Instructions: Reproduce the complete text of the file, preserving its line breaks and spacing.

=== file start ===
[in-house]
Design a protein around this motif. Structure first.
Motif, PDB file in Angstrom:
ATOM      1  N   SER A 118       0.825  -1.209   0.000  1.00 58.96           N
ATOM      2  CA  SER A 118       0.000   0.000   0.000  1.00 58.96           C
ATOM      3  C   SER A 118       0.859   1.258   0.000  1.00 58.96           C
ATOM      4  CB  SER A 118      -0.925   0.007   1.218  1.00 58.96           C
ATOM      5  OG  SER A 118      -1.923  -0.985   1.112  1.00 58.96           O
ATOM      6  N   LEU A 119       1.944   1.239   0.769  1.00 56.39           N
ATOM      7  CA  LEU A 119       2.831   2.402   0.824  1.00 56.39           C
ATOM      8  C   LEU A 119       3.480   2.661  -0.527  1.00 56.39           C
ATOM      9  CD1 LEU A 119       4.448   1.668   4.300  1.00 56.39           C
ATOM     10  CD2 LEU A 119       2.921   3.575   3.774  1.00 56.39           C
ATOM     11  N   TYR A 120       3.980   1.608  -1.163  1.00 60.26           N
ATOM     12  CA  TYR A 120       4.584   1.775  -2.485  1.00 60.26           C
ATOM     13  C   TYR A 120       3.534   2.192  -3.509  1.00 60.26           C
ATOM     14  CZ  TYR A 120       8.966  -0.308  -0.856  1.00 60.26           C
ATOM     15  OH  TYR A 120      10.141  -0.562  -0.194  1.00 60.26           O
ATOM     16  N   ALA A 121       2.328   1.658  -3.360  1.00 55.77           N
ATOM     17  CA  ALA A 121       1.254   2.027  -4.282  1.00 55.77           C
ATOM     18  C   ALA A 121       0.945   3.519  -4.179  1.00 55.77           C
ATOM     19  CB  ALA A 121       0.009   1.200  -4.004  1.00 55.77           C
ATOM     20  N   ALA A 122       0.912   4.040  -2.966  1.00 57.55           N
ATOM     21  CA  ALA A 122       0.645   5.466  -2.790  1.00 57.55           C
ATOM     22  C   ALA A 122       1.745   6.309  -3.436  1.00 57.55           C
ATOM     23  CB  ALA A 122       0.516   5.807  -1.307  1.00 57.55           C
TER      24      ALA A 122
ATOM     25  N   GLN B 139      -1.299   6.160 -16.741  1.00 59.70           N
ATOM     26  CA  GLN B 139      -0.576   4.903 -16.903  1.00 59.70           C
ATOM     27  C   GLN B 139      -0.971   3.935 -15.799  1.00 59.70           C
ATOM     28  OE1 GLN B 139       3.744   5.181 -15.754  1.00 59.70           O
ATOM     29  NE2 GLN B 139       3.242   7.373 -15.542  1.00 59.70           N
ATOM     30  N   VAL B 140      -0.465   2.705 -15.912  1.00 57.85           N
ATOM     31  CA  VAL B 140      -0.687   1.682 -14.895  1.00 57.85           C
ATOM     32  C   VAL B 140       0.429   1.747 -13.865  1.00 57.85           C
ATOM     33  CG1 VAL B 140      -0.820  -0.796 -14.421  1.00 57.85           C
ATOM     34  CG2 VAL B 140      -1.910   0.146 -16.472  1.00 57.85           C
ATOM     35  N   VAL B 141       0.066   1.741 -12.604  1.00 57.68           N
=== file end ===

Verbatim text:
[in-house]
Design a protein around this motif. Structure first.
Motif, PDB file in Angstrom:
ATOM      1  N   SER A 118       0.825  -1.209   0.000  1.00 58.96           N
ATOM      2  CA  SER A 118       0.000   0.000   0.000  1.00 58.96           C
ATOM      3  C   SER A 118       0.859   1.258   0.000  1.00 58.96           C
ATOM      4  CB  SER A 118      -0.925   0.007   1.218  1.00 58.96           C
ATOM      5  OG  SER A 118      -1.923  -0.985   1.112  1.00 58.96           O
ATOM      6  N   LEU A 119       1.944   1.239   0.769  1.00 56.39           N
ATOM      7  CA  LEU A 119       2.831   2.402   0.824  1.00 56.39           C
ATOM      8  C   LEU A 119       3.480   2.661  -0.527  1.00 56.39           C
ATOM      9  CD1 LEU A 119       4.448   1.668   4.300  1.00 56.39           C
ATOM     10  CD2 LEU A 119       2.921   3.575   3.774  1.00 56.39           C
ATOM     11  N   TYR A 120       3.980   1.608  -1.163  1.00 60.26           N
ATOM     12  CA  TYR A 120       4.584   1.775  -2.485  1.00 60.26           C
ATOM     13  C   TYR A 120       3.534   2.192  -3.509  1.00 60.26           C
ATOM     14  CZ  TYR A 120       8.966  -0.308  -0.856  1.00 60.26           C
ATOM     15  OH  TYR A 120      10.141  -0.562  -0.194  1.00 60.26           O
ATOM     16  N   ALA A 121       2.328   1.658  -3.360  1.00 55.77           N
ATOM     17  CA  ALA A 121       1.254   2.027  -4.282  1.00 55.77           C
ATOM     18  C   ALA A 121       0.945   3.519  -4.179  1.00 55.77           C
ATOM     19  CB  ALA A 121       0.009   1.200  -4.004  1.00 55.77           C
ATOM     20  N   ALA A 122       0.912   4.040  -2.966  1.00 57.55           N
ATOM     21  CA  ALA A 122       0.645   5.466  -2.790  1.00 57.55           C
ATOM     22  C   ALA A 122       1.745   6.309  -3.436  1.00 57.55           C
ATOM     23  CB  ALA A 122       0.516   5.807  -1.307  1.00 57.55           C
TER      24      ALA A 122
ATOM     25  N   GLN B 139      -1.299   6.160 -16.741  1.00 59.70           N
ATOM     26  CA  GLN B 139      -0.576   4.903 -16.903  1.00 59.70           C
ATOM     27  C   GLN B 139      -0.971   3.935 -15.799  1.00 59.70           C
ATOM     28  OE1 GLN B 139       3.744   5.181 -15.754  1.00 59.70           O
ATOM     29  NE2 GLN B 139       3.242   7.373 -15.542  1.00 59.70           N
ATOM     30  N   VAL B 140      -0.465   2.705 -15.912  1.00 57.85           N
ATOM     31  CA  VAL B 140      -0.687   1.682 -14.895  1.00 57.85           C
ATOM     32  C   VAL B 140       0.429   1.747 -13.865  1.00 57.85           C
ATOM     33  CG1 VAL B 140      -0.820  -0.796 -14.421  1.00 57.85           C
ATOM     34  CG2 VAL B 140      -1.910   0.146 -16.472  1.00 57.85           C
ATOM     35  N   VAL B 141       0.066   1.741 -12.604  1.00 57.68           N